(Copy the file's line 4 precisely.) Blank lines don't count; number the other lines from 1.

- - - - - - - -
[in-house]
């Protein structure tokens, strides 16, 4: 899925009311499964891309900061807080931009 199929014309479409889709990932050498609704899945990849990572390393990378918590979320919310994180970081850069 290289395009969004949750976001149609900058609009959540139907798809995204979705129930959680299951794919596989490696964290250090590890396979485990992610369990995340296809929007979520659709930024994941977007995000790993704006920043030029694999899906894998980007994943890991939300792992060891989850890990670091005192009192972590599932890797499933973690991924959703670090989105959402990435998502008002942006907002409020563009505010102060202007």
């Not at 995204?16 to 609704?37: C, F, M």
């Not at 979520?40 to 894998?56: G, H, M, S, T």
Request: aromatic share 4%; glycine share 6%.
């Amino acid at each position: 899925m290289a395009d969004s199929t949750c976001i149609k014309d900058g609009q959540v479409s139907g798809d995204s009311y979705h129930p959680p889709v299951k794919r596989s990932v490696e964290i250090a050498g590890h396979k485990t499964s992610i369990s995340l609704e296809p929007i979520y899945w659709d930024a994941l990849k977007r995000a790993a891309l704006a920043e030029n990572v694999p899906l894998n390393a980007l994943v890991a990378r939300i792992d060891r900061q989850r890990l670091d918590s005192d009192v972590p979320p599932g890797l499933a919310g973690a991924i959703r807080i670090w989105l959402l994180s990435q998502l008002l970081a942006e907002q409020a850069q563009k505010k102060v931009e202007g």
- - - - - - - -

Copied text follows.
């Not at 979520?40 to 894998?56: G, H, M, S, T």